The CBC is in full denial mode – No one knew nuffin bout nuffin. By next week they’ll be declaring Ghomeshi a “low level volunteer” with the organization.
Everyone interviewed in this latest Star piece, CBC executives keeping quiet on Jian Ghomeshi allegations, from Hubie, through to Denise Donlon, head of CBC Radio from 2007 to 2011 claims no knowledge of Ghomeshi’s actions or his now apparent long standing reputation as a bad date.
Which leads to the headline quote, ‘Do you live in the ghetto? What’s wrong with you? As if anything like that would happen.’, that was Ghomeshi’s response to one of his date’s when she mentioned his proclivities might one day be made public. It’s a mindset I expect is typical at the CBC and within the ghetto inhabited by our alleged cultural and media elite. All indications are that Ghomeshi’s behavior was well known within an industry and community that breathes gossip. It takes a velvet touch to keep something this heinous quiet for so long, and it isn’t accomplished without enablers.
Canada is a small pond and it’s media and entertainment sector draws from a limited gene pool. They will circle the wagons to protect one another now that the news of Ghomeshi’s perversions is public, just as the wagons were circled to protect Ghomeshi in the first place.
NB: The CBC Union is now on the record stating that the CBC staffer abused by Ghomeshi did not report the incident to her Union representative but rather to a “Union Volunteer”. Sorry but I don’t like the smell of that…
Jian Ghomeshi allegedly choked, beat N.B. woman with belt
She says Ghomeshi did tell her he had “these violent type of tendencies,” but assured her it was “pure text fantasy” and that “none of it would happen in real life.”
“And so when he was violent with me without any talk of it ahead of time at his house, I didn’t see it coming. It blindsided me.”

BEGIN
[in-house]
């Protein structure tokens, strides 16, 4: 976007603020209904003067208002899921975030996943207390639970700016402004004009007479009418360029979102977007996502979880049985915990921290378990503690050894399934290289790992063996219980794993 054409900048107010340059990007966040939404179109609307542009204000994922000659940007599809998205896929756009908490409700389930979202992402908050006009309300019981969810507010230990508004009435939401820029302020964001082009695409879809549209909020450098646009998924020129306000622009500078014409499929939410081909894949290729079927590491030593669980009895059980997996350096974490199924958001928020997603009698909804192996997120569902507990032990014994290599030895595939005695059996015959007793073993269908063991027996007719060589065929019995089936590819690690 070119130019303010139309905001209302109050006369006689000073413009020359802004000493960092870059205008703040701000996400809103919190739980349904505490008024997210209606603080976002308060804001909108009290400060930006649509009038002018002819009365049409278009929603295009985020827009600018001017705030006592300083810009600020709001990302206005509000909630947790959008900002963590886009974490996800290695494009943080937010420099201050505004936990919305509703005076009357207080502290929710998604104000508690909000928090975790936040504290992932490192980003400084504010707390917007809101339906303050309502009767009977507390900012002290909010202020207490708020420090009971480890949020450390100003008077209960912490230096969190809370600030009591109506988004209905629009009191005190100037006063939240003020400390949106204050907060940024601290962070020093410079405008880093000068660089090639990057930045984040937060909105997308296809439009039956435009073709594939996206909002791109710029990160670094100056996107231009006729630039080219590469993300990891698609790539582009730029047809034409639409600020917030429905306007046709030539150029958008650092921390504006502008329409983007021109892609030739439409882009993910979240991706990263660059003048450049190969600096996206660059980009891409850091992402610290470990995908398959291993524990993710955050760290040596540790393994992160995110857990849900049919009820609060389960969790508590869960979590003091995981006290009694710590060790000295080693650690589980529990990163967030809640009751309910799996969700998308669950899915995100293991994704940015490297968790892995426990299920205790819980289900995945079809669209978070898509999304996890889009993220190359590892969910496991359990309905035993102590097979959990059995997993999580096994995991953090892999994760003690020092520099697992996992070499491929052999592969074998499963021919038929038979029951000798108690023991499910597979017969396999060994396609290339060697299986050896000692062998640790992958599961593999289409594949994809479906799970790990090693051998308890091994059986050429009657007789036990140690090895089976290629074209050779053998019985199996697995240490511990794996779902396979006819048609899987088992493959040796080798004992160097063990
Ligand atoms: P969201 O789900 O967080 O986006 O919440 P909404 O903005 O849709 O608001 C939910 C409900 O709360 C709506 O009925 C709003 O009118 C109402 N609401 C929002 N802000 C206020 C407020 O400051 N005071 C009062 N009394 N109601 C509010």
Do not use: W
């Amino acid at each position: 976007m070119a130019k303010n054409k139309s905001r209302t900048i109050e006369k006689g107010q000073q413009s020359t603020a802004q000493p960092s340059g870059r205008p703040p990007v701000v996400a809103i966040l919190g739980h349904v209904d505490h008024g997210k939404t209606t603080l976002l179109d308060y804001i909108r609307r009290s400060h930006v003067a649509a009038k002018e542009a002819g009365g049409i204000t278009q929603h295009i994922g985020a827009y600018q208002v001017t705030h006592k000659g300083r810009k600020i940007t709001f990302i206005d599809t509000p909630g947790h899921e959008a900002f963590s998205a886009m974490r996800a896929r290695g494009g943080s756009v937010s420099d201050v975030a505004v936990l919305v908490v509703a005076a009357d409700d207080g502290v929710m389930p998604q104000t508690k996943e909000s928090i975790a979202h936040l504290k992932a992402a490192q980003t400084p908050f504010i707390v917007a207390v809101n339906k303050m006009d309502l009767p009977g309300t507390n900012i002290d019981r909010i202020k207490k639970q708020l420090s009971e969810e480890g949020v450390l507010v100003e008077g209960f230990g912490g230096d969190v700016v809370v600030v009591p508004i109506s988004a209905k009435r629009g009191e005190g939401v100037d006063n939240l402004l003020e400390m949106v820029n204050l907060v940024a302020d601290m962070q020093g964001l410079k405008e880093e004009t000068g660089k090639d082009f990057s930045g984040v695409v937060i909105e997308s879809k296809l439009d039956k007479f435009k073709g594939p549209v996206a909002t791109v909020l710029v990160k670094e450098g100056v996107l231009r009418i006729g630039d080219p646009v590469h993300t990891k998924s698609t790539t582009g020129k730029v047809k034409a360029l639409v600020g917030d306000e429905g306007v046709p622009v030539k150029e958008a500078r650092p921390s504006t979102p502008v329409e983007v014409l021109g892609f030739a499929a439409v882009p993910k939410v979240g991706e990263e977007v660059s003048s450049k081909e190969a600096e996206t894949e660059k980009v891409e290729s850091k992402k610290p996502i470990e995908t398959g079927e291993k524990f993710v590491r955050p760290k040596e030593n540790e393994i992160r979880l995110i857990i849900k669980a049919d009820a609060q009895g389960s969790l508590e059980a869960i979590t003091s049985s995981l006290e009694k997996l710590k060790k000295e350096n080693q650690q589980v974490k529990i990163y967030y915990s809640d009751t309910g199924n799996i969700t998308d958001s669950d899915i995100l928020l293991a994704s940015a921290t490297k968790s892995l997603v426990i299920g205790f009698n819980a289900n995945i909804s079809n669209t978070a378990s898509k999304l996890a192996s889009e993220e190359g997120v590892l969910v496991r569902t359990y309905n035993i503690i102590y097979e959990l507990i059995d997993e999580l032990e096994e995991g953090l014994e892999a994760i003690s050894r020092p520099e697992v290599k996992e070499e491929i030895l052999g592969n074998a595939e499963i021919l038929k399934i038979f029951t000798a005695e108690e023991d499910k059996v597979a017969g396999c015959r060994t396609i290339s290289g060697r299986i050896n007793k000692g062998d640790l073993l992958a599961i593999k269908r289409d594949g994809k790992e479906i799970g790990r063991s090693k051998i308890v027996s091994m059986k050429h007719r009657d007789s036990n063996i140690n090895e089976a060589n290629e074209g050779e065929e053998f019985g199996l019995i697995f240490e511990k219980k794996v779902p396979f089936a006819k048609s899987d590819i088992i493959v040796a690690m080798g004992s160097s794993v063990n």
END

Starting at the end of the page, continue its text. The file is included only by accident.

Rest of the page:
She was too shocked, scared and star-struck to tell him to stop, she said.
“I just allowed it to happen. I didn’t know what else I was supposed to do,” she said, describing it as “the biggest mistake of my life.”
Afterward, when bruises developed, she says she sent Ghomeshi pictures of them to let him know he had physically hurt her.
She says she also cautioned him, saying that if he hurt any other women like that, someone was bound to report it to the police or the media.
“He said, ‘Do you live in the ghetto? What’s wrong with you? As if anything like that would happen.'”
Update: That didn’t take long – The media is circling the wagons and covering For the CBC – The Globe has a piece up which exonerates the CBC of enabling Ghomeshi, why they didn’t know nuffin never. They were victims!
Behind the CBC’s decision to fire Ghomeshi
Executives at the CBC, who had long accepted Mr. Ghomeshi’s account, asked to see the detailed evidence. According to sources with knowledge of the exchange, Mr. Ghomeshi’s camp agreed, and a meeting was arranged for Thursday.
At that meeting, a lawyer for Mr. Ghomeshi presented two people from CBC management with texts, e-mails and photos of the radio host’s sexual encounters. The evidence was intended to demonstrate consent, a point Mr. Ghomeshi would later stress in a statement: “Everything I have done has been consensual.”
But the CBC managers were taken aback, and their views on Mr. Ghomeshi’s conduct changed instantly. What they saw, in their opinions, was far more aggressive and physical than anything they had been led to believe during months of discussions.
Police shouldn’t have to wait for formal complaint to start investigations
“We are quite prepared to conduct a criminal investigation should they come forward with complaints,” said Blair.
Who knew the police need to be invited into a chorus of allegations which include women who alleged they were “punched and choked” by the former radio host.
Of course the whole notion is ludicrous. They don’t need to be invited in to probe any case. They certainty didn’t wait for one when it came to investigating Mayor Rob Ford’s late night escapades.
Sometimes what is needed is a little bit out-of-the-box thinking and skill on thin ice.
Brian Lilley & Gavin McInnis on the Ghomeshilypse